“Jeff is very patient with learning the proper way to train and listen to his body,” explains Joyner. “He is becoming a real student of his craft. He is blessed with a real gift for long jumping and sprinting and he will show that in the next couple of years.”
In case you’re confused by the references to sprinting: this season the Arkansas-born athlete clocked a handy 6.58 for the 60m, and reached the semi-finals in that event at the ultra-competitive US Indoor Championships.
He also has a strong 10.18 PB for the 100m – and is convinced he can go quicker.
“Next year I plan a lot more competition in the 60m and 100m,” he adds. “I think I can run a sub ten-seconds [100m]. The more speed I have, the better the long jump is going to be.”
His success in 2014 has been nothing short of phenomenal in an event craving a true superstar following the retirement of four-time world champion Dwight Phillips last year.
Whether Henderson is the man to fill that gap only time will tell. However, should he do so, it will be against a backdrop of tragic personal circumstances.
While finishing high school he received the devastating news that his mum, Debra – then aged in her early 40s – was diagnosed with Alzheimer’s disease. Her condition has since deteriorated to the point where she no longer recognises Henderson – her youngest of six children.
Shortly after the diagnosis Henderson left the family home to study at Hinds Community College in Mississippi. It was a brutally tough period.
“I was still young at the time and didn’t really know what was going on,” recalls Henderson. “My nan told me I should go to college, but it was really hard to focus on my school and track because every day I was thinking of my mum. At any time I would just break down and cry. My mum had been a huge support. She attended all my track meets and football games. It was immensely hard.”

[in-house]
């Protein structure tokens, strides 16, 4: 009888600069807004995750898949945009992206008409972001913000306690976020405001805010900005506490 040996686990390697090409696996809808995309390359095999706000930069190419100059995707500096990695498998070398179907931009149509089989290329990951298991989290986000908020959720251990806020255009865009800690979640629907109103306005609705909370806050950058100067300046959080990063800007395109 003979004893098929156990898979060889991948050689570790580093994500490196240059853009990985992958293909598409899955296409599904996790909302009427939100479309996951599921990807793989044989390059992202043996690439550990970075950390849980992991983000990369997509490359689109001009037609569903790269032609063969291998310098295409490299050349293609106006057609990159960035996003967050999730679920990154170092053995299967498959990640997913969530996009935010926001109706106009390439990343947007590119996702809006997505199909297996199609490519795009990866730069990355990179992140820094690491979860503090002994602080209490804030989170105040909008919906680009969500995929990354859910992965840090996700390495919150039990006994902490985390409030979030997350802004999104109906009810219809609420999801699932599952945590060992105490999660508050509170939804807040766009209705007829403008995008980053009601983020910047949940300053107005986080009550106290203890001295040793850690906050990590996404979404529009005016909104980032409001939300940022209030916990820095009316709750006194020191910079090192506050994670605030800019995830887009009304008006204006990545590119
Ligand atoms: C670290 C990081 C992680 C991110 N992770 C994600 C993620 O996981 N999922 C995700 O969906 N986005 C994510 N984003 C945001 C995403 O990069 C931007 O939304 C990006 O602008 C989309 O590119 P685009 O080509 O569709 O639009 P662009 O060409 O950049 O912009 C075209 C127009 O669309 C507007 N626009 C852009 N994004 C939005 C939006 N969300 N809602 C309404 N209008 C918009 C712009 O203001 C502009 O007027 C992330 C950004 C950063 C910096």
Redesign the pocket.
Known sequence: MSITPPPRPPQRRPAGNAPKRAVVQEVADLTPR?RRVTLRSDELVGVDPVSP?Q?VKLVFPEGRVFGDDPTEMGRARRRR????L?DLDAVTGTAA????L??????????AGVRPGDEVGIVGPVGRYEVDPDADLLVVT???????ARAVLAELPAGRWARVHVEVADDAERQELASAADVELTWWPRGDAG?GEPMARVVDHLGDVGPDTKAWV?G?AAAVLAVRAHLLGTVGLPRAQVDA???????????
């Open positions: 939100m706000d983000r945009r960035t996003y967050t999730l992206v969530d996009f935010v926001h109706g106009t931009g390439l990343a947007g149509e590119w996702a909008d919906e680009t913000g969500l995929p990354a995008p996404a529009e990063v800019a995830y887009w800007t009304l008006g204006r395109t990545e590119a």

The athlete himself was also managing the personal challenge of Attention Deficit Disorder (ADD). He found high school demanding, but more latterly during his time at Stillman College he “figured out” how to overcome ADD.
“To make studying easier for me I just had to make sure I read more than anyone else,” he explains. “I just had to study way more than other people to reach a certain standard.”
Today he still makes sure he reads every night and is an enthusiastic reader of history books.
But it is creating his own piece of athletics history, which is his primary goal in future.
Flying high at the Glasgow Diamond League in July this year
He hopes to end his campaign with a hiss and roar at the Continental Cup in Marrakesh and has already more than half-a-eye on next year’s World Championships in Beijing and the Rio Olympics.
Coach Joyner is massively enthused by his athlete’s potential: “I think Jeff Henderson is a name the world will remember for a long time to come. I believe he can break barriers that people never thought would happen.”
For Henderson himself he has more basic targets “I just want to have fun and jump far.”
Both of which the US athlete is fulfilling each week, in what has proved a remarkable unbeaten season. So far...